Newspaper article The Christian Science Monitor

Arms Accord at Center of US-Soviet Summit German Unity Seen Dominating the Discussioins

Newspaper article The Christian Science Monitor

Arms Accord at Center of US-Soviet Summit German Unity Seen Dominating the Discussioins

Article excerpt

THE centerpiece of this week's summit meeting between Soviet leader Mikhail Gorbachev and United States President Bush will be a long-awaited agreement on the control of strategic nuclear weapons, Soviet officials say.

"We can speak of a good future" when it comes to strategic weapons, Sergei Akhromeyev, Mr. Gorbachev's national security adviser, told the Monitor.

The leaders will sign an agreement on the basic principles of a Strategic Arms Reduction Talks (START) treaty, he predicted, with details to be worked out later.

But the retired military leader and other Soviet officials are far less upbeat when it comes to the other big item on the summit's arms control agenda - mutual reduction of the huge armies arrayed against each other in the center of Europe. That issue is closely linked to Soviet unease over the possibility of a reunified Germany with membership in the NATO alliance.

How to handle the German question may emerge as the summit's key problem. The Soviets have indicated that they will not withdraw their 380,000 troops from East Germany, the bulk of their forces stationed in Eastern Europe, until there is a satisfactory formula for reunification. Though there is no direct linkage with talks about conventional forces in Europe (CFE), Marshal Akhromeyev says, "I believe both have to be interrelated."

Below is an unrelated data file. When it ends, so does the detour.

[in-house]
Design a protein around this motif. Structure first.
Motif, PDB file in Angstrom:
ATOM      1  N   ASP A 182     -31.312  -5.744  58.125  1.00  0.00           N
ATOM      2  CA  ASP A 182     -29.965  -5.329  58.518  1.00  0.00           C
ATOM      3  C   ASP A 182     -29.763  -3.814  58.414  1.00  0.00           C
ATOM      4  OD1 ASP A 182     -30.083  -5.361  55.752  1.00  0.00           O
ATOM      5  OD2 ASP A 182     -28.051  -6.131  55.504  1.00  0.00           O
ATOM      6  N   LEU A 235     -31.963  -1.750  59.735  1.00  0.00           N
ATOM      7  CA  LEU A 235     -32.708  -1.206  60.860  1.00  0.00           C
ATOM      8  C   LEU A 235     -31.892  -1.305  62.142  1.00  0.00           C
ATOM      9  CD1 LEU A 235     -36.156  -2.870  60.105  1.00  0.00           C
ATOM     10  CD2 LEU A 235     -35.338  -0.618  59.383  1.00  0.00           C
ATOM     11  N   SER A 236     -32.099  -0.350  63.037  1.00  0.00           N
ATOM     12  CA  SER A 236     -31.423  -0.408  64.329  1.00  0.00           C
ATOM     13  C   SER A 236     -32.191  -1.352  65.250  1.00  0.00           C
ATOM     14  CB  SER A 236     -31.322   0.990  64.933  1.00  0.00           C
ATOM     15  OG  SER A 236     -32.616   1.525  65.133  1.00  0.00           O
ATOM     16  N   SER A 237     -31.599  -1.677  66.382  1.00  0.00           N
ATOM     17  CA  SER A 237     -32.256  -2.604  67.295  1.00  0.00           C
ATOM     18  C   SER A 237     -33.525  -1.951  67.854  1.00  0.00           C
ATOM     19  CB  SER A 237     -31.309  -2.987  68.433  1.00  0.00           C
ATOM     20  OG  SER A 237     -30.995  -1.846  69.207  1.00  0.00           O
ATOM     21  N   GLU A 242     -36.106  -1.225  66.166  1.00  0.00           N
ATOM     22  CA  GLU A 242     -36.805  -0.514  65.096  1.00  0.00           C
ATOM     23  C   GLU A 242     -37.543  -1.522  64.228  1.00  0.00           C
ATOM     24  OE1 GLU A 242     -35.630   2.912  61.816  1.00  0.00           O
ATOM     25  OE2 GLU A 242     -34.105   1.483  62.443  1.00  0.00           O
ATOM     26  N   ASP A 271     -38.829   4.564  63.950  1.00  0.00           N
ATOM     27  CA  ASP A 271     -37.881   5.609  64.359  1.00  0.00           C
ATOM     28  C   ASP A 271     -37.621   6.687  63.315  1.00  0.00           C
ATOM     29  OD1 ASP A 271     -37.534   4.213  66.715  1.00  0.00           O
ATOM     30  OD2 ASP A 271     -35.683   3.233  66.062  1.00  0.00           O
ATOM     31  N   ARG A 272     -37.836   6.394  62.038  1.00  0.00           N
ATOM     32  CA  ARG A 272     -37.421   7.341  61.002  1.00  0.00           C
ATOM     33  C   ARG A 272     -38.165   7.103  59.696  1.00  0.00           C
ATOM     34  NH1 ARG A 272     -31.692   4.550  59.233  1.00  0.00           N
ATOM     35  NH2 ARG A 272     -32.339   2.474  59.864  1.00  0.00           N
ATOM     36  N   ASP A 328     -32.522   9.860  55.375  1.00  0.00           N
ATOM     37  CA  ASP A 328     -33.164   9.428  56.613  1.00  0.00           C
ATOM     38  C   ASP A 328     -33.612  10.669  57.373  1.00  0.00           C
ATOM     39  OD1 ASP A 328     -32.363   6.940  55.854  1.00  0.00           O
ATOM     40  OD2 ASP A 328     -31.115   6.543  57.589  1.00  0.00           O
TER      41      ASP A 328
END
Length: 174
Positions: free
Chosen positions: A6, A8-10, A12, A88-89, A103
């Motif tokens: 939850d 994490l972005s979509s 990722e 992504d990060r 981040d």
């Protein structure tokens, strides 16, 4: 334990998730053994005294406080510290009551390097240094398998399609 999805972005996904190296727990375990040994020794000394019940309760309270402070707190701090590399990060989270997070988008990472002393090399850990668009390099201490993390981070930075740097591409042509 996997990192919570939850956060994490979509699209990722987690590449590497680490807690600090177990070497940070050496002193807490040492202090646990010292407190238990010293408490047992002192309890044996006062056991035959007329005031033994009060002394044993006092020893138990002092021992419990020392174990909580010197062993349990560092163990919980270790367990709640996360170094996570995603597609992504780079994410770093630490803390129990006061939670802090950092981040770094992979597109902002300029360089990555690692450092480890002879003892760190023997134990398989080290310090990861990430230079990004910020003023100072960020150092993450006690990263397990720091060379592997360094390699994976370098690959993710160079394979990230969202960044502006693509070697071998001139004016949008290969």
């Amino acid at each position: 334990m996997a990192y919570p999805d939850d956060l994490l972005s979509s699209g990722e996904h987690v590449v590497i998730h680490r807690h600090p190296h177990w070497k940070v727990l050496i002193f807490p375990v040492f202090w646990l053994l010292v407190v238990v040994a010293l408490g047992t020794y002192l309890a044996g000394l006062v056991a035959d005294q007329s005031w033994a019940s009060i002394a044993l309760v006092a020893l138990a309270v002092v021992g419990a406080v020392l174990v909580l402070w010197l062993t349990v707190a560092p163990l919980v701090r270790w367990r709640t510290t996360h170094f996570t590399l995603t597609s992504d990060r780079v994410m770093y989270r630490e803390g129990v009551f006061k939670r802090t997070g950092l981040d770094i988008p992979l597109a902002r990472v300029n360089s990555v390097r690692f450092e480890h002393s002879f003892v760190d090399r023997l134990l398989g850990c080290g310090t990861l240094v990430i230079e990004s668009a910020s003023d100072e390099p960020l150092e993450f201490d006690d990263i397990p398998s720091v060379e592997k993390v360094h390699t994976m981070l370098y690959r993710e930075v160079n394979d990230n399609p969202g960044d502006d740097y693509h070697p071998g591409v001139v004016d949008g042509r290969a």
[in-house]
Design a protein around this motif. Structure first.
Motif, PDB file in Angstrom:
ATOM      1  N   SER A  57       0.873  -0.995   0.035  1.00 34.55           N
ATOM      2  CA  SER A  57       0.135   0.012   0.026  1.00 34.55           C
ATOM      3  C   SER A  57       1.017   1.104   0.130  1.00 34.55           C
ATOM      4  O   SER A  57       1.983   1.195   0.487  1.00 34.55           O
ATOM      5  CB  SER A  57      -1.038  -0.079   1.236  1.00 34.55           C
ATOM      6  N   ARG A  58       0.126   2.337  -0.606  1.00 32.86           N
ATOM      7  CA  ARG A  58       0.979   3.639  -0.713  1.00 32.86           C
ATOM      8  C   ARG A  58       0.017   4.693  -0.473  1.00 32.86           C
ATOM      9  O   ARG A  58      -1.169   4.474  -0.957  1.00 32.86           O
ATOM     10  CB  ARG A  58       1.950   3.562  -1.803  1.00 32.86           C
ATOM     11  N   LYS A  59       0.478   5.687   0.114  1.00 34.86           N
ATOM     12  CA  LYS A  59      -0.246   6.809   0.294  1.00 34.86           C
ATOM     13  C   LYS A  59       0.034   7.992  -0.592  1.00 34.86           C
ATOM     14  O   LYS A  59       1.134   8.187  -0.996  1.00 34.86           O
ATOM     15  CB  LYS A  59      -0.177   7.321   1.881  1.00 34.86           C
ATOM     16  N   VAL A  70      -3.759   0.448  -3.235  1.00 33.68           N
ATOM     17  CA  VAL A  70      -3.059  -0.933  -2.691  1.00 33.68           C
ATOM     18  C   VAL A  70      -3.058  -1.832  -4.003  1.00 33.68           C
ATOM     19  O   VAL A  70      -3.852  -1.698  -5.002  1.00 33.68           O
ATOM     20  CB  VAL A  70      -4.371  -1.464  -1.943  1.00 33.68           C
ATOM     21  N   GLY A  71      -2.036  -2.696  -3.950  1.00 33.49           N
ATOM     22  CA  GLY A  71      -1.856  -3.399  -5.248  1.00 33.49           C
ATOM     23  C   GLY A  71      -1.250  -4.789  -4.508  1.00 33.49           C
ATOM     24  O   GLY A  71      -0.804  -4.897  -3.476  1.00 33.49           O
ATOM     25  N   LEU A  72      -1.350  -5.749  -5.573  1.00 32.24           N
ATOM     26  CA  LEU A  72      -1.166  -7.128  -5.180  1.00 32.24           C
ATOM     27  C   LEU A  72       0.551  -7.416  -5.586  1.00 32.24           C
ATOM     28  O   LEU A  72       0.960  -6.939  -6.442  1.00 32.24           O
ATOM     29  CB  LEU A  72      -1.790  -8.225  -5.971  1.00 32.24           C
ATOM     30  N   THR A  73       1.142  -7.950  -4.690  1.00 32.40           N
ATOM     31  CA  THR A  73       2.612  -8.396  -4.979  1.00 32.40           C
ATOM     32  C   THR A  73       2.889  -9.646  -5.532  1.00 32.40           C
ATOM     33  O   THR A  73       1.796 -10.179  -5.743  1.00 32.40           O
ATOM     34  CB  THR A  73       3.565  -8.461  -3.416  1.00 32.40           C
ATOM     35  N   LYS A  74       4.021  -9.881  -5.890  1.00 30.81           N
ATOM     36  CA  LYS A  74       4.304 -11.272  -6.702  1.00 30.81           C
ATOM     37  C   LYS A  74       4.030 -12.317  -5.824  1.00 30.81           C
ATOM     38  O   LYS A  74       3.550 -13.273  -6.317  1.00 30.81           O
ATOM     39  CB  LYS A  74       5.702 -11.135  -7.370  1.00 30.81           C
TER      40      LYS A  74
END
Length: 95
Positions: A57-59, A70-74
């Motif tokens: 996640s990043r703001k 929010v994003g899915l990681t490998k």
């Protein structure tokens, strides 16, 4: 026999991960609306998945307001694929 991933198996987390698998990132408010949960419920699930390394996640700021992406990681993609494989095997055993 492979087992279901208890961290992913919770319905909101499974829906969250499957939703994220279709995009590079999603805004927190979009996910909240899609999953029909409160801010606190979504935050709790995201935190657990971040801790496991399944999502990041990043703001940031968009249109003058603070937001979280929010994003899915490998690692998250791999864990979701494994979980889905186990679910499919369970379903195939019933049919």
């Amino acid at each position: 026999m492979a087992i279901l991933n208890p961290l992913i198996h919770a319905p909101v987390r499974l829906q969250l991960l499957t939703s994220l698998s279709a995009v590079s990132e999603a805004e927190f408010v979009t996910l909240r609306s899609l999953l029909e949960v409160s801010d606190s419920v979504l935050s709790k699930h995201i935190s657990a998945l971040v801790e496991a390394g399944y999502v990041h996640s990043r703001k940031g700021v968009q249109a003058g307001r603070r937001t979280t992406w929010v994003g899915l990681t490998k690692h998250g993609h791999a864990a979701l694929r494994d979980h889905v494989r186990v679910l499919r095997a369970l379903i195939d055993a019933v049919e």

Hopes for reaching a CFE pact by year's end are fading fast. Mr. Akhromeyev refers sharply to the West "seeking unilateral advantage"' in the conventional talks. He reflects growing worries among Soviet military officials and conservative Communist Party leaders about the loss of what one Soviet security analyst calls their "security belt in Europe."

Western analysts have seen signs of a growing role of the Soviet military in Kremlin policymaking. The Soviets have stiffened their stance at the negotiating table, Western diplomatic sources here say. Although the military does not have the power or even the cohesion to control Gorbachev and the political leadership, the analysts say, it can influence them.

"In the last three months, there has been a hand extended to the military," says an informed Western diplomat. "Gorbachev has tried to give them something because he recognizes that their loyalty has been strained."

On the issue of German reunification, Gorbachev repeated Soviet objections to bringing all of Germany into NATO on the eve of his departure in an interview with Time Magazine.

"For us, it (NATO) is a symbol of the past, a dangerous and confrontational past. And we will never agree to assign it the leading role in building a new Europe," he told Time.

The Soviets have floated various ideas, including joint membership for a reunified Germany in both NATO and the Warsaw Pact alliances, an idea rejected by the West. …

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